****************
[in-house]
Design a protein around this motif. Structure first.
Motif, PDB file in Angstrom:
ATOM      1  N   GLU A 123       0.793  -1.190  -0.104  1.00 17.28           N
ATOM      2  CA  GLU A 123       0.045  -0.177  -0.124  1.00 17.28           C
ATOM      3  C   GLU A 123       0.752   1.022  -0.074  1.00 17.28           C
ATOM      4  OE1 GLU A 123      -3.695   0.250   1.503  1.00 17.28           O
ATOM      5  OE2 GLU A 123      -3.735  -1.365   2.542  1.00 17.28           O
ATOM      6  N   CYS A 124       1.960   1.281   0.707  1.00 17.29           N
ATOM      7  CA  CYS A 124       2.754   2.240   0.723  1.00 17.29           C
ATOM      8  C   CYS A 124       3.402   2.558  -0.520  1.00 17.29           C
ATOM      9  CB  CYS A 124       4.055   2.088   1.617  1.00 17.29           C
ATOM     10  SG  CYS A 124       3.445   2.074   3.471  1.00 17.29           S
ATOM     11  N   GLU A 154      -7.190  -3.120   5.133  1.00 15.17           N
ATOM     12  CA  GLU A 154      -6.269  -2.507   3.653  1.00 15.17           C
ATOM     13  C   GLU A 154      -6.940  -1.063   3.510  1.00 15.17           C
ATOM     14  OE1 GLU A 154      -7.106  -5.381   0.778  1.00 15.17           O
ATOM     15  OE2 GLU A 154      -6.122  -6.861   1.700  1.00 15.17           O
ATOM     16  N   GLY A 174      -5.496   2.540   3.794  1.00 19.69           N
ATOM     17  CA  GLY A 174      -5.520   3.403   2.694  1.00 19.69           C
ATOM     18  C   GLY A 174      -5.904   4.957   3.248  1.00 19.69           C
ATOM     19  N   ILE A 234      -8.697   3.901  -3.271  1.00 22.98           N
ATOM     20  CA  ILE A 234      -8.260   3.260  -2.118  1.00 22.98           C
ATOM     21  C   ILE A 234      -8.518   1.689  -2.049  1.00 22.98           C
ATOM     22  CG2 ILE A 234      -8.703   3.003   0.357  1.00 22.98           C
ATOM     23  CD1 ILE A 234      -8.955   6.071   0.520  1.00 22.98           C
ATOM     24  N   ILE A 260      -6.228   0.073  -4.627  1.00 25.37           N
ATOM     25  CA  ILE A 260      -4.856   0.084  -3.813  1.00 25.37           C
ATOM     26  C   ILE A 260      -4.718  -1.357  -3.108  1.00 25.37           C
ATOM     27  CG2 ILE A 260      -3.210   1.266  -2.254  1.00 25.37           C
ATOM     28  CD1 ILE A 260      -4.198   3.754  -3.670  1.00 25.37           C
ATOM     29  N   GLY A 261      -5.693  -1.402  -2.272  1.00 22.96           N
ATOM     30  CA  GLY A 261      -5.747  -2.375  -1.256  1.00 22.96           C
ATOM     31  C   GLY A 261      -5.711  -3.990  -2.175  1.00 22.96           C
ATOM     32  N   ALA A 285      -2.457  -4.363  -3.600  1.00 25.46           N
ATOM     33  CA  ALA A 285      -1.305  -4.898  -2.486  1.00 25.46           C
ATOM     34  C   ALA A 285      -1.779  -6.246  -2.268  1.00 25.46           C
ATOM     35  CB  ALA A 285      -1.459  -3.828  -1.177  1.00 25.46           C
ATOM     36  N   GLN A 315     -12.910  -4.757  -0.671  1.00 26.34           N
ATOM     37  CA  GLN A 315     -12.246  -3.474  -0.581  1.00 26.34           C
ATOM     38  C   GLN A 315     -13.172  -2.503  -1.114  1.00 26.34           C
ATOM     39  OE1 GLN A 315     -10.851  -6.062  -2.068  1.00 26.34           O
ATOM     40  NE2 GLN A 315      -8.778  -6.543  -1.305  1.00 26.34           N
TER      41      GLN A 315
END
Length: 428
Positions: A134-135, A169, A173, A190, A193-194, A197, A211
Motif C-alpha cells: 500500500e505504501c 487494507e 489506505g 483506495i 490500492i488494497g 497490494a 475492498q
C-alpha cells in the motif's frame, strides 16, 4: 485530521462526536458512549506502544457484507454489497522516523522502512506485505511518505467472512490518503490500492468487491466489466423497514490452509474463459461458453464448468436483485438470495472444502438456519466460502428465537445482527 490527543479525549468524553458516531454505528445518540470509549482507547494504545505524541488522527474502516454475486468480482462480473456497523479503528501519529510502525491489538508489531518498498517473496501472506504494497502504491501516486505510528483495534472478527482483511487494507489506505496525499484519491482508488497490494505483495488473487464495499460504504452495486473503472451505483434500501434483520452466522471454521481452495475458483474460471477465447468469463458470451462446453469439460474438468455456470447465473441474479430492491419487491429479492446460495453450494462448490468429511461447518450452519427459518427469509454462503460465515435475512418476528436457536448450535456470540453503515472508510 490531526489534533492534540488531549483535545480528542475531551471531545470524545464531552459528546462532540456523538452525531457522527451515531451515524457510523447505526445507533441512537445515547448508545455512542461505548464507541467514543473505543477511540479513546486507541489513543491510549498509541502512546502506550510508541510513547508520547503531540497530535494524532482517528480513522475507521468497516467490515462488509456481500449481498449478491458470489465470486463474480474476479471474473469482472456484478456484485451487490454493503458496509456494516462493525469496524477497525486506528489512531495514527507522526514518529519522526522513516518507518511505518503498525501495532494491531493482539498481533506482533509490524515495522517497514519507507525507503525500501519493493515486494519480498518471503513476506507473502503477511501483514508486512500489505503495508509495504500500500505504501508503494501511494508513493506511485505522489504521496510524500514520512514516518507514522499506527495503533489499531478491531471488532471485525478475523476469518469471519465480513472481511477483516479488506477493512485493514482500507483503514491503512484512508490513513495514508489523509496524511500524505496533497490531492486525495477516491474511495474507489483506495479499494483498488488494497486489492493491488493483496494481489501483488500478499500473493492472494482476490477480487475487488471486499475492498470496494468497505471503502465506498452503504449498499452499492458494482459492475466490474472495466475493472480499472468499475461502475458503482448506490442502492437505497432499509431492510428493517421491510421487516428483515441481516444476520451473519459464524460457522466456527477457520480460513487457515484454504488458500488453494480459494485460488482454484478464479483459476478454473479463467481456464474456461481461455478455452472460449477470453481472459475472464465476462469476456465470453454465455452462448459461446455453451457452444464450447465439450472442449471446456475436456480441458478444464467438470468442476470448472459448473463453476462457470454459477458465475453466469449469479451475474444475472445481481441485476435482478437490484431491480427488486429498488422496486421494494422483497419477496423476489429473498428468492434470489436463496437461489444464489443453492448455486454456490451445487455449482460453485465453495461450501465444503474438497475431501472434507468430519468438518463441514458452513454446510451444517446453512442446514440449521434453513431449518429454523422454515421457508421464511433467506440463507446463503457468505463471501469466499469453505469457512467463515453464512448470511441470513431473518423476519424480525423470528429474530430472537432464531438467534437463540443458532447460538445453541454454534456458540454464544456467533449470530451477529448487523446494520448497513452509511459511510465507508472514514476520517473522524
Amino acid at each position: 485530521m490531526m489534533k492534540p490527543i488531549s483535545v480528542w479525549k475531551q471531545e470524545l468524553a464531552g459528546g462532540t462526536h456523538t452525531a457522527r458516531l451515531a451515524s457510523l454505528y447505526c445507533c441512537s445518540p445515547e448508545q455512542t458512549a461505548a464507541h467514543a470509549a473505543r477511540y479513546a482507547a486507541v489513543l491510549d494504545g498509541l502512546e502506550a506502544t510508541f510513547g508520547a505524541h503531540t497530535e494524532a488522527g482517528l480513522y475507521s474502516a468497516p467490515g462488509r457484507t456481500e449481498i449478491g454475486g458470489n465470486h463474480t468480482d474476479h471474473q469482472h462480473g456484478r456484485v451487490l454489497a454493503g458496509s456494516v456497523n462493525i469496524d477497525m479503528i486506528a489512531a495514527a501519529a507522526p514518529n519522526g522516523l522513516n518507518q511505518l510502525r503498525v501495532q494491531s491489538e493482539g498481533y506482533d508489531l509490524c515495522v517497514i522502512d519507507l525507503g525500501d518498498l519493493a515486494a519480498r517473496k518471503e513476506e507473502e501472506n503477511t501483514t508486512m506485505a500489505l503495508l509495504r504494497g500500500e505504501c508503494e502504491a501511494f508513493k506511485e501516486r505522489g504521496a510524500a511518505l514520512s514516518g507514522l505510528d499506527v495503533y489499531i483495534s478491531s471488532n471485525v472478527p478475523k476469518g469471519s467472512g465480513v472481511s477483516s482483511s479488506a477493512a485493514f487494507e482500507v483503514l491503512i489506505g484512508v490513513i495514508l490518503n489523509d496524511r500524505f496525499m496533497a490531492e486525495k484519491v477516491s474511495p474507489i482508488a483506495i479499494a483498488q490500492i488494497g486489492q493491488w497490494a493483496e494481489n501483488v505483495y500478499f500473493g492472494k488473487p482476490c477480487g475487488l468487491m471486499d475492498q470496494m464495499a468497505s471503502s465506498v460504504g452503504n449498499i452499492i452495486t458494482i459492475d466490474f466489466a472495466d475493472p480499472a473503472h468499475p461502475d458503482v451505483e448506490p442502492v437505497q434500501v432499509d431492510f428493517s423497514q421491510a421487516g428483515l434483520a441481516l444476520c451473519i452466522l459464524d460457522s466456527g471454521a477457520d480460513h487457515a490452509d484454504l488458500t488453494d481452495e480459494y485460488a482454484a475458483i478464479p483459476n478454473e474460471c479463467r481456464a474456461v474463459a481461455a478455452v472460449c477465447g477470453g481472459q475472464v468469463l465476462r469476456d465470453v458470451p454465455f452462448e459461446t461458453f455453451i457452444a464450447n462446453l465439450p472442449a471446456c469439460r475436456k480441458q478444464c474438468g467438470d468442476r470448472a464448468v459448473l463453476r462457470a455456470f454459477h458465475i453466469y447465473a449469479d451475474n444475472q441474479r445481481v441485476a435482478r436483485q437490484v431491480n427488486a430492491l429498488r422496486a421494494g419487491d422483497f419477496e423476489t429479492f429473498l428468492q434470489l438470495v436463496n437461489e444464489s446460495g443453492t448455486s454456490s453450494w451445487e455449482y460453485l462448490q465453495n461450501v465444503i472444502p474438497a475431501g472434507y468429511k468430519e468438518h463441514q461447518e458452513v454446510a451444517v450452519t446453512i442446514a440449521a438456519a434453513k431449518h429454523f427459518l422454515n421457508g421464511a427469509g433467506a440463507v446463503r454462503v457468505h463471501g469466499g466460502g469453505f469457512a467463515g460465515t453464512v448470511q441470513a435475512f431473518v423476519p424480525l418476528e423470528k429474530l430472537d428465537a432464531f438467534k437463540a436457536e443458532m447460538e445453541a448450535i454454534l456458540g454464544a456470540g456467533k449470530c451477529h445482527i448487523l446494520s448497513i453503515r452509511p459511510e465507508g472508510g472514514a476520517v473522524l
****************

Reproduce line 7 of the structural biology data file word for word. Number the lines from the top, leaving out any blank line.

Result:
ATOM      4  OE1 GLU A 123      -3.695   0.250   1.503  1.00 17.28           O